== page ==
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  • "Given the content of this report, the headline should have contained the word 'omnishambles'.

    The Guardian report is misleading because it fails to mention that the Inspector found that the Local Plan submitted by the Council is 'not sound in a number of respects' then goes on to say that 'it can be made sound through main modifications'. The words are from the Inspector's letter which is on CWAC Council's website.

    In simple more direct terms, it is clear that the Local Plan, prepared by CWAC Council at great expense, is deficient in several aspects and requires significant corrections and improvements.

    In view of the mess that has been created, Cllr Jones, Executive Member for Growth and Prosperity, has tried to defend the indefensible with the inevitable result. She should at least be commended for her honesty by admitting that the Council has not got a clue about what the Inspector requires.

    As I said, the word really is 'omnishambles'."
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Local Plan moves into a new stage

Local Plan moves into a new stage

Local Plan moves into a new stage

First published in News

A NEW stage ihas started in the creation of a plan for the future of west Cheshire.

Government planning inspector Kevin Ward will be working with Cheshire West and Chester Council (CWAC) on modifications to the Local Plan.

He has written to the authority confirming that it has complied with its legal duty to co-operate with neighbouring authorities and other organisations in developing its plan.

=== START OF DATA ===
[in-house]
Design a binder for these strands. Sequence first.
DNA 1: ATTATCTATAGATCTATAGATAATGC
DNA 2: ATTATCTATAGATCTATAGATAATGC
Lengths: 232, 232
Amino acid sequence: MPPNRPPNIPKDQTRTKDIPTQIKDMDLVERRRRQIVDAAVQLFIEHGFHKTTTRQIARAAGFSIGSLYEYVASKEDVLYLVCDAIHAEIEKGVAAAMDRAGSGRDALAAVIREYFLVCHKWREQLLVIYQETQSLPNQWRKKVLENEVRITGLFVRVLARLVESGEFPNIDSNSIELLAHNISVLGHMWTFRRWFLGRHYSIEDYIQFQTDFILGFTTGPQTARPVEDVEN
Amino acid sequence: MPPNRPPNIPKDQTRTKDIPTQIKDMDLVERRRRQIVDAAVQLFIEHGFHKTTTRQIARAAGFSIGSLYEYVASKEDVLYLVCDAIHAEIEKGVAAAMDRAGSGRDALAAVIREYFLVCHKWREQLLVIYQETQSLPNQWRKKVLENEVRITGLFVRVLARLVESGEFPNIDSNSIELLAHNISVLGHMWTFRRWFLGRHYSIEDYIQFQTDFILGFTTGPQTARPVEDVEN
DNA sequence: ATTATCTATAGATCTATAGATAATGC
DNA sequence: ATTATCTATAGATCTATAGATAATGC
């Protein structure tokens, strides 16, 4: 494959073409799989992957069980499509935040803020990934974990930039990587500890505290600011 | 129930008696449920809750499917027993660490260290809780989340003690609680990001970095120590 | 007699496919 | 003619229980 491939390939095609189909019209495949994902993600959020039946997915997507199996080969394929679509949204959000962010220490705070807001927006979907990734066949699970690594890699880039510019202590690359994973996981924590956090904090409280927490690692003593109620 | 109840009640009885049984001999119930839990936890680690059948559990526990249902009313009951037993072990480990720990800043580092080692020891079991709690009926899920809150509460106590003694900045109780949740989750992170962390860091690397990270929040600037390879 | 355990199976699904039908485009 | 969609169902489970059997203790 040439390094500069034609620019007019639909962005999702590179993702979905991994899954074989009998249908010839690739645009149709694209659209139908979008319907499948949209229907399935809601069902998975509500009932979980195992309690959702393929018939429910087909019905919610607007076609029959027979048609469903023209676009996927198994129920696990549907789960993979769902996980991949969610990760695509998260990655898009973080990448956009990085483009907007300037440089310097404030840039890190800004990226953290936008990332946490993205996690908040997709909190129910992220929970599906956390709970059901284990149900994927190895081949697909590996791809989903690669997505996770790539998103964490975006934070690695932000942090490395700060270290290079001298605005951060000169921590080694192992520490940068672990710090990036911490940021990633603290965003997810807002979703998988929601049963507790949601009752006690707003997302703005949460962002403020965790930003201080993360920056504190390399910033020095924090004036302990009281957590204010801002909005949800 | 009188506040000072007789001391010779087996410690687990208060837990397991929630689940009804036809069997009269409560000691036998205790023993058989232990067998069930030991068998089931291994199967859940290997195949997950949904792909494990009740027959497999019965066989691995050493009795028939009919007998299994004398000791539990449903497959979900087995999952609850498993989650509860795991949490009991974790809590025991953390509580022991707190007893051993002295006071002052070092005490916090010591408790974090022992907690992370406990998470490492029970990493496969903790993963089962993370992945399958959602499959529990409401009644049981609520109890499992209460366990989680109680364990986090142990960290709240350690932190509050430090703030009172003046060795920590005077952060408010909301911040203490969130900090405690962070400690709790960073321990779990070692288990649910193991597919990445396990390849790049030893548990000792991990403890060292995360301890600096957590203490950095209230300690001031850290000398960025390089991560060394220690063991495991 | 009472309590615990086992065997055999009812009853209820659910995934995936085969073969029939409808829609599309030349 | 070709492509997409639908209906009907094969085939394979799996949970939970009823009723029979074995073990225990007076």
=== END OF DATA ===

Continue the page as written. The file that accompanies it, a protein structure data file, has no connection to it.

He has also confirmed that the blueprint to guide the development of prosperity of the area can, in planning terms, be ‘made sound’ through main modifications.

The inspector’s letter follows his recent three-week public examination of the plan at Chester Town Hall.

Modifications will be subject to sustainability appraisal and six weeks of public consultation.

Clr Lynda Jones, CWAC’s executive member for growth and prosperity, said: “Given the sheer scale and complexity of a plan which will cover so many crucial issues we fully expected the inspector to identify the need for modifications.

“Indeed, during the examination process we had invited the inspector to make modifications and also submitted a number of our own recommendations to the examination hearing.”

She added: “At this stage, we have no idea what modifications the inspector will require, but we have already asked for guidance on timescale and look forward to working with him.”

CWAC’s Local Plan covers crucial issues ranging from housing, employment and the environment and the greenbelt to the economy, transport, heritage, landscape and health and wellbeing.

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